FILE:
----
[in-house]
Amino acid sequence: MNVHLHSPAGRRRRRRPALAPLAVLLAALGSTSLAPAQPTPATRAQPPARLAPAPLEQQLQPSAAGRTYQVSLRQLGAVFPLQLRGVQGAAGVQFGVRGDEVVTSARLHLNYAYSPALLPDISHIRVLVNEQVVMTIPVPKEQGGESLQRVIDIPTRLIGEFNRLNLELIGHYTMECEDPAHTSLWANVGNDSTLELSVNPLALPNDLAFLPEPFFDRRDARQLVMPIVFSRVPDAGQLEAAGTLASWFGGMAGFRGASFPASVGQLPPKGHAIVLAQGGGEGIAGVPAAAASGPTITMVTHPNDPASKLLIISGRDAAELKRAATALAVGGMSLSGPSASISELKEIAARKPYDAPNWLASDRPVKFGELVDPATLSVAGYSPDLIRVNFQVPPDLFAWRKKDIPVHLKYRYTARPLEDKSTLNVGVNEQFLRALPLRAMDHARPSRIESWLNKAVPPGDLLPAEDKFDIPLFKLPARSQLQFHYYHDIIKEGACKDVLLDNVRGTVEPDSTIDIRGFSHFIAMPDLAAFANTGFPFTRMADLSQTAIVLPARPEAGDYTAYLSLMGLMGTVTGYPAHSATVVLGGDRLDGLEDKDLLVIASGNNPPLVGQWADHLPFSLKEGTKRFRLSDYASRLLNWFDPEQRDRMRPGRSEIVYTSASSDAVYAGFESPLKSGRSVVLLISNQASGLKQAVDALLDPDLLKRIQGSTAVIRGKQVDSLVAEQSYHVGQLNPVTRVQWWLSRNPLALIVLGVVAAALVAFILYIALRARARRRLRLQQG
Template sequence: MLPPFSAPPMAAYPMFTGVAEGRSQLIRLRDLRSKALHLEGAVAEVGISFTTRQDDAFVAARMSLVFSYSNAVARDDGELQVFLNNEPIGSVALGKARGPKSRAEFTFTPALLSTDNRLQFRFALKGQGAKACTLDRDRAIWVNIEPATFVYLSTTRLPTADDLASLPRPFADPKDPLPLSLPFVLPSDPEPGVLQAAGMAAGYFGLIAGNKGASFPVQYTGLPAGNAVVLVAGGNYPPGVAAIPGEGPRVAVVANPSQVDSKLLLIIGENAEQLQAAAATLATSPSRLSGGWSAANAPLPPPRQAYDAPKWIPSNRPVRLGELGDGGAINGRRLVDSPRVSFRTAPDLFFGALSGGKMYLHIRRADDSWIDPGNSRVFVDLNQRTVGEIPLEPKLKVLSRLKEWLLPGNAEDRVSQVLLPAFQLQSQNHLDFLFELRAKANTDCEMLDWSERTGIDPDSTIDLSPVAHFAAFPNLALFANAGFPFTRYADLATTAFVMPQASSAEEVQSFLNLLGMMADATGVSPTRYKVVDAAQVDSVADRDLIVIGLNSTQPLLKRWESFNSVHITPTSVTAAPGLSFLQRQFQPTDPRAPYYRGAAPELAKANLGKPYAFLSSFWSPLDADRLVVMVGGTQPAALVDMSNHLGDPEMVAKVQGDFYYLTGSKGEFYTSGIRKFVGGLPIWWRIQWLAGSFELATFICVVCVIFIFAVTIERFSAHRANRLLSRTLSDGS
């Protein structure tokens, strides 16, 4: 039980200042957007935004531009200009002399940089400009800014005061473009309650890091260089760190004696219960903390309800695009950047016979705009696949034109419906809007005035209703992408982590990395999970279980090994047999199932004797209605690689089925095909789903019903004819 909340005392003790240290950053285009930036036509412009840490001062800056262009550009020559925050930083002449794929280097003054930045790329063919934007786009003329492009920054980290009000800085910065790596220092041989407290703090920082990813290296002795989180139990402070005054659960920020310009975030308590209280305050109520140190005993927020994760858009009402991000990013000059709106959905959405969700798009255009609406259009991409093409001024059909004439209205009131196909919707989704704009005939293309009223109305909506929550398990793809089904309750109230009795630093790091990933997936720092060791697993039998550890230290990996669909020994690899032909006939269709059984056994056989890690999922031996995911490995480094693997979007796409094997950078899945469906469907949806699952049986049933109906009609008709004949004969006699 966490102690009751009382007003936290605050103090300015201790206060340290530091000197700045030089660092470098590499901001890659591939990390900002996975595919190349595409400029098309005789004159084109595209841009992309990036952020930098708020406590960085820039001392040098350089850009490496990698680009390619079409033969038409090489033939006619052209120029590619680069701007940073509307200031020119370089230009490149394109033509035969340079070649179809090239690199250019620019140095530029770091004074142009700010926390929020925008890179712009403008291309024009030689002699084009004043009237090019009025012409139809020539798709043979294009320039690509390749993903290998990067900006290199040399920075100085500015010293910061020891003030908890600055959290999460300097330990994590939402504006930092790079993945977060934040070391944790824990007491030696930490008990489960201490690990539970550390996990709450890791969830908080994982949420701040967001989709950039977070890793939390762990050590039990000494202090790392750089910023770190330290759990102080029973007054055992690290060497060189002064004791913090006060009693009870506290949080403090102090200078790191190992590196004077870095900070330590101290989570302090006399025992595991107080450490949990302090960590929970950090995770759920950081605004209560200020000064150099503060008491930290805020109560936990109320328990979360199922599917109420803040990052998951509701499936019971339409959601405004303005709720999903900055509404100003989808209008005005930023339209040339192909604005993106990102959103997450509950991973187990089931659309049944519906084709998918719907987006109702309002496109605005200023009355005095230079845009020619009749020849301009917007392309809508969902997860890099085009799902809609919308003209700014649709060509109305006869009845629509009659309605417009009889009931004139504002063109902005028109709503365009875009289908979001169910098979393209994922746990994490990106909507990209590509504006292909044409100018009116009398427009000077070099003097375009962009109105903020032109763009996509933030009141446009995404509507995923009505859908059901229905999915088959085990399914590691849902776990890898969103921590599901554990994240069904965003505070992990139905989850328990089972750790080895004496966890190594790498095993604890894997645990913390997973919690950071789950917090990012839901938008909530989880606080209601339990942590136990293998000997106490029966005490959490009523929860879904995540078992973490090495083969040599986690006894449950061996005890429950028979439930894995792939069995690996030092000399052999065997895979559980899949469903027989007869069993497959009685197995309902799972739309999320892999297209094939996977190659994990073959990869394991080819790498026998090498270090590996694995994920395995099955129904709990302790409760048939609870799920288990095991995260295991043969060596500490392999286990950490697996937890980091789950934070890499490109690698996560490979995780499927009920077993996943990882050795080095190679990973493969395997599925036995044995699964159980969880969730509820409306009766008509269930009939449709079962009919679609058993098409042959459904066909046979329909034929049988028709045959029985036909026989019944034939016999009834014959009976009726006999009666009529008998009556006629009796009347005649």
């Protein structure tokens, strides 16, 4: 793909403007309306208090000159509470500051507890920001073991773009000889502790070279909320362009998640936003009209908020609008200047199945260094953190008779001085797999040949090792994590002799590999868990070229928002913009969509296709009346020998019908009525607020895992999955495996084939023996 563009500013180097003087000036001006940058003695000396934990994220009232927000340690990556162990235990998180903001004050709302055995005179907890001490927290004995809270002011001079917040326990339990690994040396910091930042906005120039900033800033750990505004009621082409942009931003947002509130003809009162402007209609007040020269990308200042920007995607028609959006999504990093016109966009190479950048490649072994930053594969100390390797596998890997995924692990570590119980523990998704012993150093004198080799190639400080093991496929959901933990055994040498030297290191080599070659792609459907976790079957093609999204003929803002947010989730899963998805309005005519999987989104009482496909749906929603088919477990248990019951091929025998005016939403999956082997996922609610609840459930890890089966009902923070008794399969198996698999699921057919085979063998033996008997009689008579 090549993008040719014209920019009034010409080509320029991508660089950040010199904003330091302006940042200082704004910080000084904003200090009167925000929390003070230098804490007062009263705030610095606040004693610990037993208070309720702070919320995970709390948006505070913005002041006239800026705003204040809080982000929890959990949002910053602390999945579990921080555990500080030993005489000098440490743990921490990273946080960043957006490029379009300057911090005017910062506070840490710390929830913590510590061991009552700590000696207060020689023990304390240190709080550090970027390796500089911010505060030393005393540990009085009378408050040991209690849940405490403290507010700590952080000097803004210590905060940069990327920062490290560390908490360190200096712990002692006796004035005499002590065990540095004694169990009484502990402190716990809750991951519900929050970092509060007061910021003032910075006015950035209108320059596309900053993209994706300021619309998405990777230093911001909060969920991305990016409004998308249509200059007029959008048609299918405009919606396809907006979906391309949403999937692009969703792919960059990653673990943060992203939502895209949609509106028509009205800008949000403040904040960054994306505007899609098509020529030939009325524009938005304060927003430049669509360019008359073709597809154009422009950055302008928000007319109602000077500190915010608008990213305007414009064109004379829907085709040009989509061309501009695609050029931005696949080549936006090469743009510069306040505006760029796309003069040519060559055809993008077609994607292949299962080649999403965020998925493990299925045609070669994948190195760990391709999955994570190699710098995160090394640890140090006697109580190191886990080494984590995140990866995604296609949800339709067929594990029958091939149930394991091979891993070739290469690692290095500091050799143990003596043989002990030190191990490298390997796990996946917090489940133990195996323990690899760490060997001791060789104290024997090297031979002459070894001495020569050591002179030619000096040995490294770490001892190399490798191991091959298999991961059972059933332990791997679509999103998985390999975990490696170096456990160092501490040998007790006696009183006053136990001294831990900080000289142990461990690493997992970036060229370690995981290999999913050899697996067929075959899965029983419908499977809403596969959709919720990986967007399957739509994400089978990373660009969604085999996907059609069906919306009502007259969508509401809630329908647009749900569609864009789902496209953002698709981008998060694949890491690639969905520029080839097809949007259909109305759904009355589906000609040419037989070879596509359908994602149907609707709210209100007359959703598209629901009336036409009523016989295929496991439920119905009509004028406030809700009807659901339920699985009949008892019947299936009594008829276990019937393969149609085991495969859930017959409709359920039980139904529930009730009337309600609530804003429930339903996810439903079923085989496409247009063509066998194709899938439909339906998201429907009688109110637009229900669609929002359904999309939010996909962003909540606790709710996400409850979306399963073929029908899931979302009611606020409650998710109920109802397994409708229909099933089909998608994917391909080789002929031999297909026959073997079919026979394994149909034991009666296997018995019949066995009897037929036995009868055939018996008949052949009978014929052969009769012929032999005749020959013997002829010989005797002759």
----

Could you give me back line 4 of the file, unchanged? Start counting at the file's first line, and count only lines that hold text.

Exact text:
């Protein structure tokens, strides 16, 4: 039980200042957007935004531009200009002399940089400009800014005061473009309650890091260089760190004696219960903390309800695009950047016979705009696949034109419906809007005035209703992408982590990395999970279980090994047999199932004797209605690689089925095909789903019903004819 909340005392003790240290950053285009930036036509412009840490001062800056262009550009020559925050930083002449794929280097003054930045790329063919934007786009003329492009920054980290009000800085910065790596220092041989407290703090920082990813290296002795989180139990402070005054659960920020310009975030308590209280305050109520140190005993927020994760858009009402991000990013000059709106959905959405969700798009255009609406259009991409093409001024059909004439209205009131196909919707989704704009005939293309009223109305909506929550398990793809089904309750109230009795630093790091990933997936720092060791697993039998550890230290990996669909020994690899032909006939269709059984056994056989890690999922031996995911490995480094693997979007796409094997950078899945469906469907949806699952049986049933109906009609008709004949004969006699 966490102690009751009382007003936290605050103090300015201790206060340290530091000197700045030089660092470098590499901001890659591939990390900002996975595919190349595409400029098309005789004159084109595209841009992309990036952020930098708020406590960085820039001392040098350089850009490496990698680009390619079409033969038409090489033939006619052209120029590619680069701007940073509307200031020119370089230009490149394109033509035969340079070649179809090239690199250019620019140095530029770091004074142009700010926390929020925008890179712009403008291309024009030689002699084009004043009237090019009025012409139809020539798709043979294009320039690509390749993903290998990067900006290199040399920075100085500015010293910061020891003030908890600055959290999460300097330990994590939402504006930092790079993945977060934040070391944790824990007491030696930490008990489960201490690990539970550390996990709450890791969830908080994982949420701040967001989709950039977070890793939390762990050590039990000494202090790392750089910023770190330290759990102080029973007054055992690290060497060189002064004791913090006060009693009870506290949080403090102090200078790191190992590196004077870095900070330590101290989570302090006399025992595991107080450490949990302090960590929970950090995770759920950081605004209560200020000064150099503060008491930290805020109560936990109320328990979360199922599917109420803040990052998951509701499936019971339409959601405004303005709720999903900055509404100003989808209008005005930023339209040339192909604005993106990102959103997450509950991973187990089931659309049944519906084709998918719907987006109702309002496109605005200023009355005095230079845009020619009749020849301009917007392309809508969902997860890099085009799902809609919308003209700014649709060509109305006869009845629509009659309605417009009889009931004139504002063109902005028109709503365009875009289908979001169910098979393209994922746990994490990106909507990209590509504006292909044409100018009116009398427009000077070099003097375009962009109105903020032109763009996509933030009141446009995404509507995923009505859908059901229905999915088959085990399914590691849902776990890898969103921590599901554990994240069904965003505070992990139905989850328990089972750790080895004496966890190594790498095993604890894997645990913390997973919690950071789950917090990012839901938008909530989880606080209601339990942590136990293998000997106490029966005490959490009523929860879904995540078992973490090495083969040599986690006894449950061996005890429950028979439930894995792939069995690996030092000399052999065997895979559980899949469903027989007869069993497959009685197995309902799972739309999320892999297209094939996977190659994990073959990869394991080819790498026998090498270090590996694995994920395995099955129904709990302790409760048939609870799920288990095991995260295991043969060596500490392999286990950490697996937890980091789950934070890499490109690698996560490979995780499927009920077993996943990882050795080095190679990973493969395997599925036995044995699964159980969880969730509820409306009766008509269930009939449709079962009919679609058993098409042959459904066909046979329909034929049988028709045959029985036909026989019944034939016999009834014959009976009726006999009666009529008998009556006629009796009347005649």